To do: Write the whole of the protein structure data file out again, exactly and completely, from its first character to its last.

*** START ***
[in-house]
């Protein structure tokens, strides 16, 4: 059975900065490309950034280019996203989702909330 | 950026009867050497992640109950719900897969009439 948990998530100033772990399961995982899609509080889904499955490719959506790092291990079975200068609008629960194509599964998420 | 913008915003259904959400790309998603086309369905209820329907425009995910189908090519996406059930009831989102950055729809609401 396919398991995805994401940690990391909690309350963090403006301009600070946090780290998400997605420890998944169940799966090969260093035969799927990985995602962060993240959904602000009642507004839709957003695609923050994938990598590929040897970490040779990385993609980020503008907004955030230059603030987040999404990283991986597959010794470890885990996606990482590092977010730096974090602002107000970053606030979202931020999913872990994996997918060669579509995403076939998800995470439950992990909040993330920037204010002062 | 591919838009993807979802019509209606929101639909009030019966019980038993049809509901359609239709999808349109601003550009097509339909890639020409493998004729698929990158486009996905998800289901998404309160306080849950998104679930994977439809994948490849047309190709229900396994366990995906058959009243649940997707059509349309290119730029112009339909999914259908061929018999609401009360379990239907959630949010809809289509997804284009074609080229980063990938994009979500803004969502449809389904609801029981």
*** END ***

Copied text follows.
[in-house]
């Protein structure tokens, strides 16, 4: 059975900065490309950034280019996203989702909330 | 950026009867050497992640109950719900897969009439 948990998530100033772990399961995982899609509080889904499955490719959506790092291990079975200068609008629960194509599964998420 | 913008915003259904959400790309998603086309369905209820329907425009995910189908090519996406059930009831989102950055729809609401 396919398991995805994401940690990391909690309350963090403006301009600070946090780290998400997605420890998944169940799966090969260093035969799927990985995602962060993240959904602000009642507004839709957003695609923050994938990598590929040897970490040779990385993609980020503008907004955030230059603030987040999404990283991986597959010794470890885990996606990482590092977010730096974090602002107000970053606030979202931020999913872990994996997918060669579509995403076939998800995470439950992990909040993330920037204010002062 | 591919838009993807979802019509209606929101639909009030019966019980038993049809509901359609239709999808349109601003550009097509339909890639020409493998004729698929990158486009996905998800289901998404309160306080849950998104679930994977439809994948490849047309190709229900396994366990995906058959009243649940997707059509349309290119730029112009339909999914259908061929018999609401009360379990239907959630949010809809289509997804284009074609080229980063990938994009979500803004969502449809389904609801029981």